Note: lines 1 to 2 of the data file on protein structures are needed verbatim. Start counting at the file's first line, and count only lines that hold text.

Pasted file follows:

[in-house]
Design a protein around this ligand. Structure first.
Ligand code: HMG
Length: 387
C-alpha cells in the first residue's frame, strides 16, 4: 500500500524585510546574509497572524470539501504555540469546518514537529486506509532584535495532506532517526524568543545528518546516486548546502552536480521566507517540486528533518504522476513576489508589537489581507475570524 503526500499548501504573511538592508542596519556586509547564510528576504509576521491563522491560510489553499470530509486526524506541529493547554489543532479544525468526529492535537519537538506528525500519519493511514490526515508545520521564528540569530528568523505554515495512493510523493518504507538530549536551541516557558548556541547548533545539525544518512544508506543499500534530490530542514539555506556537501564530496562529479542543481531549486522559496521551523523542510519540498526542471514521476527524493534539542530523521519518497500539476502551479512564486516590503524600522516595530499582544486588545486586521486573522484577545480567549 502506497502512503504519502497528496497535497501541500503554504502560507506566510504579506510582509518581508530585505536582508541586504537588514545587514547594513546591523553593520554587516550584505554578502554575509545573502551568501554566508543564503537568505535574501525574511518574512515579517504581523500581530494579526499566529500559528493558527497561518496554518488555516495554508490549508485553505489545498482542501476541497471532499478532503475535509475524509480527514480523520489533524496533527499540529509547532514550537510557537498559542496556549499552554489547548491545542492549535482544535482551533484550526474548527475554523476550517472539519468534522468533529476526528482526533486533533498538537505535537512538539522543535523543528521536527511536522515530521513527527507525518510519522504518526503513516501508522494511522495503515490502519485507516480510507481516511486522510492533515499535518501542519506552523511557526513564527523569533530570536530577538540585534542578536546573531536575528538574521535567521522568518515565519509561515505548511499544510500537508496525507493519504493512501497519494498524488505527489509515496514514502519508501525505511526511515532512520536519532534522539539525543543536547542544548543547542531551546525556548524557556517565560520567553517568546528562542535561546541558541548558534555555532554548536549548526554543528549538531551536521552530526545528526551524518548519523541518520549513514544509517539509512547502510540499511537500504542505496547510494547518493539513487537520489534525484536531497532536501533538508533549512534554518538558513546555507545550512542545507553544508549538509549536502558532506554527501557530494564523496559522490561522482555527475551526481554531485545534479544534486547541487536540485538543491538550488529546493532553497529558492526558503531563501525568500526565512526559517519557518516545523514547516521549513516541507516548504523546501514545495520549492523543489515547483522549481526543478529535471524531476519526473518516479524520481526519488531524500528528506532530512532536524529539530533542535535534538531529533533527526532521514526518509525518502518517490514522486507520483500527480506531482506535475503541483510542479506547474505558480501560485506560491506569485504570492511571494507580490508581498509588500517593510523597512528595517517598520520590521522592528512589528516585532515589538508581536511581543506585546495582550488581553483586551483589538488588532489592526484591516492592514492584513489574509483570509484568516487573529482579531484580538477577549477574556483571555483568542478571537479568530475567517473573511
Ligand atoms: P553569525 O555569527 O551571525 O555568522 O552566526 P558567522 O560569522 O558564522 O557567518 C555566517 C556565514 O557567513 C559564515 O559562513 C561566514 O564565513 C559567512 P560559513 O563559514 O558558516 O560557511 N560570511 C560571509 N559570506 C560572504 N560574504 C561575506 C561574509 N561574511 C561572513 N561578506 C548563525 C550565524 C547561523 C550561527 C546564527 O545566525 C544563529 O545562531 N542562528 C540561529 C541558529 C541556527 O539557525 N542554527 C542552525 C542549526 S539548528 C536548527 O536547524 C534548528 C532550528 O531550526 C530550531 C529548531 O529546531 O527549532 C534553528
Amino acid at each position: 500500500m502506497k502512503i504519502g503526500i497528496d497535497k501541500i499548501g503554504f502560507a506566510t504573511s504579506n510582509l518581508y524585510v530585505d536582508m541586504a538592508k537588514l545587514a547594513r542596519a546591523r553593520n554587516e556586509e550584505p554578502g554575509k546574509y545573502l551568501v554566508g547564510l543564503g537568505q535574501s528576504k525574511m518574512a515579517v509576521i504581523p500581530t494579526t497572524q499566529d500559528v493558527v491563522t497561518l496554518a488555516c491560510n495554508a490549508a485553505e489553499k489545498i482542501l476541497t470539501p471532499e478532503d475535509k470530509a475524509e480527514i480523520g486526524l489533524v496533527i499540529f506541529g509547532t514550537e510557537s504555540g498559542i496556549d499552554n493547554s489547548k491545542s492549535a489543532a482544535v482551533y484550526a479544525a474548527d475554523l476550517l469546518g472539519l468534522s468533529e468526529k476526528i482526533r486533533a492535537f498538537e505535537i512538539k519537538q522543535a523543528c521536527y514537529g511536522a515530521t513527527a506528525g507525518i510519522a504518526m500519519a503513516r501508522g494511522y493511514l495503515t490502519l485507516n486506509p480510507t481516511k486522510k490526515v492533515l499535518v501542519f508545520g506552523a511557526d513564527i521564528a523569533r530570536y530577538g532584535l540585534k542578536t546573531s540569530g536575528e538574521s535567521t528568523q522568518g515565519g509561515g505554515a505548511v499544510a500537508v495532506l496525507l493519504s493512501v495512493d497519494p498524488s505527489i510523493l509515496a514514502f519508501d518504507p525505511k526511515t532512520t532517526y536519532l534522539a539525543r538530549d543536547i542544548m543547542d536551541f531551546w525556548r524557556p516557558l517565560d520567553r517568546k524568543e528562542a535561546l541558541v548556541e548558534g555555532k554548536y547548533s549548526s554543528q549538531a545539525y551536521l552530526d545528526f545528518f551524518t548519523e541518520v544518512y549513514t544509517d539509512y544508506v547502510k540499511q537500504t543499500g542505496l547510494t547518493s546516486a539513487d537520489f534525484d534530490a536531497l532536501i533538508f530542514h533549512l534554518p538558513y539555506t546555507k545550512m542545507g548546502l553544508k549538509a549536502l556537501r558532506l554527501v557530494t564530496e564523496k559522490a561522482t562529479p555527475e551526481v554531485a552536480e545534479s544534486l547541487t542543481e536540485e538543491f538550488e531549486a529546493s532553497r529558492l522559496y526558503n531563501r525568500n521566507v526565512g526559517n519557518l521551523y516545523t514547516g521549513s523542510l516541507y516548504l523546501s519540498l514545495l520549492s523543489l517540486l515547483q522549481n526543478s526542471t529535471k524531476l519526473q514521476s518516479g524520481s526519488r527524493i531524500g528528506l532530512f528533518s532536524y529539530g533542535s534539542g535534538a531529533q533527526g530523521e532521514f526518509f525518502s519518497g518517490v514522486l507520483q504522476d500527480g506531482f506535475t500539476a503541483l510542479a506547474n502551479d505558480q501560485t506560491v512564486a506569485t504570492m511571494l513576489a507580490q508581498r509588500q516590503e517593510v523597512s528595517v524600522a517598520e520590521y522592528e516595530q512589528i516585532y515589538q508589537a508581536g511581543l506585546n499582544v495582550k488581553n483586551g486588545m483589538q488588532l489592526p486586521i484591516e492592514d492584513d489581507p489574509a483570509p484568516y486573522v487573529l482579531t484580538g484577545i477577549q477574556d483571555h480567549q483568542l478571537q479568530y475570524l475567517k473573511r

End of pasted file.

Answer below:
[in-house]
Design a protein around this ligand. Structure first.